Following the Alabama Supreme Court’s decision last Friday in Moore-Dennis v. Franklin, Nos. 1131142, 1131176, Alabama lenders should immediately review their account agreements to ensure any amendments to those agreements will survive judicial scrutiny. This is especially true for any lenders who have used electronic means to notify account holders of an amendment.

When Joseph Franklin became a customer of PNC Bank, he received an account agreement in the mail. This agreement did not contain an arbitration provision, but it did provide that PNC could unilaterally amend the agreement by providing proper notice to Franklin. In 2013, Franklin’s niece, Tamara Franklin, suspected a PNC employee was stealing from him. At PNC’s urging, Tamara was added to Franklin’s account. At that time, Tamara changed Franklin’s email address but, according to her, did not consent to receive online notifications from PNC. Shortly after Tamara was added, PNC unilaterally amended the account agreement to add an arbitration provision. PNC communicated this change to Franklin and Tamara by posting a notice to Franklin’s online-banking profile. Later, when Franklin sued PNC for theft among other things, PNC moved to compel arbitration. The trial court denied this motion.

On appeal, Chief Judge Moore authored an opinion affirming the trial court. Judge Moore concluded that electronic notification of an arbitration agreement is insufficient to show that a customer was aware of the arbitration provision and had agreed to be bound by it. Instead, a bank must show that customer actually accessed the specific e-mail or visited the specific web page containing the arbitration provision. Though PNC had sent Tamara emails stating that Franklin’s bank statements were ready for review electronically, none of the e-mails contained the text of the arbitration provision, a link to the provision, or any indication that the message was important and would impact Franklin’s legal rights. Because PNC Bank had not proved that Tamara or Franklin had accessed an e-mail or visited a web page containing the arbitration provision, it had failed to show that there was a binding agreement to arbitrate Franklin’s claims.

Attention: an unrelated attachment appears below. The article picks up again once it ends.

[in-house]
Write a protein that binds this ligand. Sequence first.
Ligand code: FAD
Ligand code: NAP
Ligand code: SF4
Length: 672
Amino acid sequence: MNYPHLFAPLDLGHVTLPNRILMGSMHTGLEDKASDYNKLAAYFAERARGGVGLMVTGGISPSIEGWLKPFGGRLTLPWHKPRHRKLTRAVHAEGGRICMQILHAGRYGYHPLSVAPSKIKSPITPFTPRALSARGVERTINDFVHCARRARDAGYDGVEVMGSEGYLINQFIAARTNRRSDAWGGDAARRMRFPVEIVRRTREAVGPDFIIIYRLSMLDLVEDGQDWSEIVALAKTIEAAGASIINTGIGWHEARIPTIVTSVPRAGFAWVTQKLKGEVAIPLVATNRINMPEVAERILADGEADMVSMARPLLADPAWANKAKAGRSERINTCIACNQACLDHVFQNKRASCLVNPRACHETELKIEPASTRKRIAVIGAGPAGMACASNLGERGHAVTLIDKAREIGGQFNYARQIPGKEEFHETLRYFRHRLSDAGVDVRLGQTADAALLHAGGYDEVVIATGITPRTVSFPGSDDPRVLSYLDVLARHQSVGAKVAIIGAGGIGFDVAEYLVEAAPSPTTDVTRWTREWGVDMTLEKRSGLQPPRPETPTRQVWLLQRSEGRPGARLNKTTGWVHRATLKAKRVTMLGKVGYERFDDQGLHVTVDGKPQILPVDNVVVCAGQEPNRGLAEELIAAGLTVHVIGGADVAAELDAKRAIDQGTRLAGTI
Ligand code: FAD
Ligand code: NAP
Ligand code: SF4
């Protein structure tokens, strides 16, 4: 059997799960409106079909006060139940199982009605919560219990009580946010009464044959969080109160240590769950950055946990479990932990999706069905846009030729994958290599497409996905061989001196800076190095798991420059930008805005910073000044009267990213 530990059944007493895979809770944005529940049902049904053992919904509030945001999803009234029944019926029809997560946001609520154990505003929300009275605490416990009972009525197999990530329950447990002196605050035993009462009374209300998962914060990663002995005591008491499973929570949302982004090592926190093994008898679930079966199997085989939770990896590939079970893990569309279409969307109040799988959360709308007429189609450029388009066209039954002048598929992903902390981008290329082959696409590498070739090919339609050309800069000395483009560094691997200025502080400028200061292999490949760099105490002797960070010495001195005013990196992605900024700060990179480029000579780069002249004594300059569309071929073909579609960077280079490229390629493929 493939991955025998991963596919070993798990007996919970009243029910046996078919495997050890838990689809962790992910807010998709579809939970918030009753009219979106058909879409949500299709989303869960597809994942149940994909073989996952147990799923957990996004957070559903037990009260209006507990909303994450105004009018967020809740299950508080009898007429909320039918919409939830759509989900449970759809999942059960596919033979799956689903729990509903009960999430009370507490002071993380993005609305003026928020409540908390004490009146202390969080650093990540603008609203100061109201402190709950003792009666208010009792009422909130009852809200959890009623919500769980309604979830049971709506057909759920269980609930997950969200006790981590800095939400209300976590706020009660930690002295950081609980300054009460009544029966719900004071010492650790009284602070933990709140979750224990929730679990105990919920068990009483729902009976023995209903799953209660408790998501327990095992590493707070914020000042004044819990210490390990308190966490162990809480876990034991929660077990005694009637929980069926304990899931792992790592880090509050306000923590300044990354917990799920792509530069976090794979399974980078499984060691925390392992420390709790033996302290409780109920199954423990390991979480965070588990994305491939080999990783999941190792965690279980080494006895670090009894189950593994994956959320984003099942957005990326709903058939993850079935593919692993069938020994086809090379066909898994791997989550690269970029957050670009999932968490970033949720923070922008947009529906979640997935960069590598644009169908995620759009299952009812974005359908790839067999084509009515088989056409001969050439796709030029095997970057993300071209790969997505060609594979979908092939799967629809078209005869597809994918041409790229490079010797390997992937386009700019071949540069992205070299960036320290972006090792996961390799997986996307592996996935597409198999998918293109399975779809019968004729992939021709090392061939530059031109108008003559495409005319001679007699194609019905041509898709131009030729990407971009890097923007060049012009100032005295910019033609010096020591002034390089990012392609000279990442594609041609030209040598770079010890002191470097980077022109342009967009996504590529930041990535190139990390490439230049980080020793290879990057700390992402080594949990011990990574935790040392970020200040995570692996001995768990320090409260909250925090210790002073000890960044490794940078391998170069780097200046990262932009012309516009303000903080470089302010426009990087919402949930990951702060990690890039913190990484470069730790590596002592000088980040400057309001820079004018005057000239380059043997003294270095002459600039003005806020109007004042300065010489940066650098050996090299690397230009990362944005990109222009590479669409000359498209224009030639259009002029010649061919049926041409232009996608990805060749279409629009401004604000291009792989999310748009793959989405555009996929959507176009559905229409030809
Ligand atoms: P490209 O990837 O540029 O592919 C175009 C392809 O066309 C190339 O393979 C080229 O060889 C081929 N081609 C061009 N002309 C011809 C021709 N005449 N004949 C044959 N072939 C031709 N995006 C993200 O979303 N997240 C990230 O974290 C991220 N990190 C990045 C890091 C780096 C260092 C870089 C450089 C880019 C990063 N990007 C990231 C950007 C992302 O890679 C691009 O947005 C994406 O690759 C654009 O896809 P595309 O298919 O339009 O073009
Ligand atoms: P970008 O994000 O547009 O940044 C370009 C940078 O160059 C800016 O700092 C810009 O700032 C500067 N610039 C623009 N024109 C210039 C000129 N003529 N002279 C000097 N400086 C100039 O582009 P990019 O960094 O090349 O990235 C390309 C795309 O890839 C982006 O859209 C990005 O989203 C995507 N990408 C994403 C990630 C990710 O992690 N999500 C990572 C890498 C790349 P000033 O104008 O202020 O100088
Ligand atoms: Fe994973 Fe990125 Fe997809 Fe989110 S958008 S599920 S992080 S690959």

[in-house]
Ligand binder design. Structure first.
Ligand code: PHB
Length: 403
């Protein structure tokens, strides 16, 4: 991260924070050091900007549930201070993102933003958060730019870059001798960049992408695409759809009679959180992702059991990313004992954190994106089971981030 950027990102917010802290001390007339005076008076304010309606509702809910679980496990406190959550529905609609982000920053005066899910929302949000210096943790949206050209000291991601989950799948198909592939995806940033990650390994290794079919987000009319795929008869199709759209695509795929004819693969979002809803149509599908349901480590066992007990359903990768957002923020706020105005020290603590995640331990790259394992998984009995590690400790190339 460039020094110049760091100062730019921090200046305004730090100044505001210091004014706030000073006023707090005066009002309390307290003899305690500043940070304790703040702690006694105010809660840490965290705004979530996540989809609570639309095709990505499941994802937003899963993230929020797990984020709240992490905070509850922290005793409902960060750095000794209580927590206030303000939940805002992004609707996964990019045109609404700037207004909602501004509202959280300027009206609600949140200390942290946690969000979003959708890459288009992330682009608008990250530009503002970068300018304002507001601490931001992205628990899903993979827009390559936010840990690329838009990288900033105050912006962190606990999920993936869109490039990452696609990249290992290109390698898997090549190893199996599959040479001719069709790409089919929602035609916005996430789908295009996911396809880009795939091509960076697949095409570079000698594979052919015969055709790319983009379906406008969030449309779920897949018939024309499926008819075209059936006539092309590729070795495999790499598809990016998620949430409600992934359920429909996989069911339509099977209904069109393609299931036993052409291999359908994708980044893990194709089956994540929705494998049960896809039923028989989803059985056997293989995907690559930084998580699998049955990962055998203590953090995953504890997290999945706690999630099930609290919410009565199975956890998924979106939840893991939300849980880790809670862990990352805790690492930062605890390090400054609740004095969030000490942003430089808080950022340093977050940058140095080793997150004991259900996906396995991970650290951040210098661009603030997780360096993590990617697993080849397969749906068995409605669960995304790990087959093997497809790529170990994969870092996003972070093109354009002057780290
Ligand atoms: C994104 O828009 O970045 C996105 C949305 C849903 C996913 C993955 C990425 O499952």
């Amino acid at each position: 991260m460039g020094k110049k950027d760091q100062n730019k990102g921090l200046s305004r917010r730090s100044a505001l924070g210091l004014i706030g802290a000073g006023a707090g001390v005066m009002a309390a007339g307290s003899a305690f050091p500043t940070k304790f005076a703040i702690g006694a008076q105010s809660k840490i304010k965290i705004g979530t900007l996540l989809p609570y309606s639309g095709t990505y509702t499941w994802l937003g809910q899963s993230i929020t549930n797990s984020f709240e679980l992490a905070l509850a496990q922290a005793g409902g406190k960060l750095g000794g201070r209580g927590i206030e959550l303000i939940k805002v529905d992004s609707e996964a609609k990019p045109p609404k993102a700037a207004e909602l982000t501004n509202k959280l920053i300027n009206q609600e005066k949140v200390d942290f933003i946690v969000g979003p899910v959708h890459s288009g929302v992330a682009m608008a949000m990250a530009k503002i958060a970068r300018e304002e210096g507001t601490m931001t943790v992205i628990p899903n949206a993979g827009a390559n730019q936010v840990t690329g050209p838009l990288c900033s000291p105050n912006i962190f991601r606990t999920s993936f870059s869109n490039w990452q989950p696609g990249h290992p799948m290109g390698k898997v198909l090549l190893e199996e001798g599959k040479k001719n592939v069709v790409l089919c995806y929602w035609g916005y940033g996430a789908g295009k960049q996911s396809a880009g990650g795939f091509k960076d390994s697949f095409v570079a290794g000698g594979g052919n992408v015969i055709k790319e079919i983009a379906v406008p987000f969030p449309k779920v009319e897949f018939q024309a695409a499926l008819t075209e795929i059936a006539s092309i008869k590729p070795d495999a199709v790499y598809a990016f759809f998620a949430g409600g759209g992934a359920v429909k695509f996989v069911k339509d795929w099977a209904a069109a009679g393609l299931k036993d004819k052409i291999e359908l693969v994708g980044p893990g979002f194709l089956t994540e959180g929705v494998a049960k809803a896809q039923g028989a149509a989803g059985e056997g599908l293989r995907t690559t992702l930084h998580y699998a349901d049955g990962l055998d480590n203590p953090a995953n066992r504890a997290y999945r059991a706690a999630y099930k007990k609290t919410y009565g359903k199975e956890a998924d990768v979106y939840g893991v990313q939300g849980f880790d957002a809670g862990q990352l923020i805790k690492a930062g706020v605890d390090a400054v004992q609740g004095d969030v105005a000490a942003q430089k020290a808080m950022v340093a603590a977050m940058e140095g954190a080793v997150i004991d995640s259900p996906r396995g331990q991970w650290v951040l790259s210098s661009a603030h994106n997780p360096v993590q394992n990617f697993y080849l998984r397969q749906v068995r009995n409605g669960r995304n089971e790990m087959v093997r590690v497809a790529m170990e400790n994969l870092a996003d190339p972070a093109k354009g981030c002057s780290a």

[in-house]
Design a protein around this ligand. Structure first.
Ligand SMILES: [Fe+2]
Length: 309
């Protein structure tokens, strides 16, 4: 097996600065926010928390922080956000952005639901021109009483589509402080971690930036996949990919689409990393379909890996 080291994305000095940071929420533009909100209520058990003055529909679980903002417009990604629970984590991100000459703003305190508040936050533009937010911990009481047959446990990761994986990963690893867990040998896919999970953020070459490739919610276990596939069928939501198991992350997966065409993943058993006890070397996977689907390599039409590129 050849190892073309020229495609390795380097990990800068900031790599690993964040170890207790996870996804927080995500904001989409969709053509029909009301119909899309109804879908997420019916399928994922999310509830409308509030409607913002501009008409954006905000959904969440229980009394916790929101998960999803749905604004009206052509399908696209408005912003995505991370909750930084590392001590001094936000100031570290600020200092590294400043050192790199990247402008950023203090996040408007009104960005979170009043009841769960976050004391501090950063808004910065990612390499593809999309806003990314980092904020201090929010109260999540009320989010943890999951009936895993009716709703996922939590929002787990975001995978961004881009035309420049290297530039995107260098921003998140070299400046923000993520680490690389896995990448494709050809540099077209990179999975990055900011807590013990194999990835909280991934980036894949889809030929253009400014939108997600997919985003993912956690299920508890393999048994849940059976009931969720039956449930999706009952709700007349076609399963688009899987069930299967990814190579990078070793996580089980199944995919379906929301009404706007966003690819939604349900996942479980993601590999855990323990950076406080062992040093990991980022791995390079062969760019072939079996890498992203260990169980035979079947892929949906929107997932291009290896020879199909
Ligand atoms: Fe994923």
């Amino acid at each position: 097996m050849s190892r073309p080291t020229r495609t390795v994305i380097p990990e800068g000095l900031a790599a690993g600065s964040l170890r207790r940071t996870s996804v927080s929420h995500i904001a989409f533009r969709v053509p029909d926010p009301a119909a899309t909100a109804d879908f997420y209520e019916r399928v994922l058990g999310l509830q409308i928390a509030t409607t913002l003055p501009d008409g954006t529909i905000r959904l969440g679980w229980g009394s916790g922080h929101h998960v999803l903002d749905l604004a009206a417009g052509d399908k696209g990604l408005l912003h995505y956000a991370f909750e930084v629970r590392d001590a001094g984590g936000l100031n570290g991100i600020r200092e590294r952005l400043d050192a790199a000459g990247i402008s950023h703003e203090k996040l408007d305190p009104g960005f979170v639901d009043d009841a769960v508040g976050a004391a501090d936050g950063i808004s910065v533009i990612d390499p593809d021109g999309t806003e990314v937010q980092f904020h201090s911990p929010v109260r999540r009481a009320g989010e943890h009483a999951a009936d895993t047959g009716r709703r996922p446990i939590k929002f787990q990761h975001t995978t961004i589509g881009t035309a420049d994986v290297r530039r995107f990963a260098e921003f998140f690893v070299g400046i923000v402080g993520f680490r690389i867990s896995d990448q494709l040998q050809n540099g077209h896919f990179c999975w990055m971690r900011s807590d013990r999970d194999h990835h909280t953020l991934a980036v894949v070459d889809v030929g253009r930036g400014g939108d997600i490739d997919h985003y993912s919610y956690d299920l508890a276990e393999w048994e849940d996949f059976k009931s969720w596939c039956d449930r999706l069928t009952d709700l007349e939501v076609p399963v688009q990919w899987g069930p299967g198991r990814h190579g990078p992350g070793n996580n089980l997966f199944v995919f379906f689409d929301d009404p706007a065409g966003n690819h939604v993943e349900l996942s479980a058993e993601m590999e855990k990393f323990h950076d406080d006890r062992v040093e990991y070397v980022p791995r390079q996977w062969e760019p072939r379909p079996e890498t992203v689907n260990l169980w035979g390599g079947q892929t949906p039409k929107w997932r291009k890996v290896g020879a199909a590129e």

Importantly, only one judge (Judge Parker) joined Chief Judge Moore’s opinion. Seven judges concurred in the result only. Judge Shaw, writing specially, explained that PNC’s account agreement appeared to require PNC to provide notice of an amendment by mail. Therefore, PNC’s electronic notice to Franklin was insufficient to amend that agreement and add the arbitration provision.

Because Chief Judge Moore’s opinion was only joined by one other justice, it is not binding upon lower courts. Still, lower courts that are already hostile to arbitration may adopt its reasoning and require lenders to show that a customer specifically accessed the email or webpage containing the arbitration provision. For that reason, lenders should review whether they could make this showing if required to do so. Even if Chief Judge Moore’s opinion is not followed by lower courts, Judge Shaw’s concurrence is a reminder that an amendment must be made according to the terms of the controlling account agreement. Thus, if a lender has used electronic means to notify its customers of an amendment to an account agreement, that lender should review the controlling agreement and determine whether such notice was effective. If there is doubt, it may be appropriate for the lender to resend proper notice to ensure the amendment will withstand judicial scrutiny.

The text of the opinion is available here.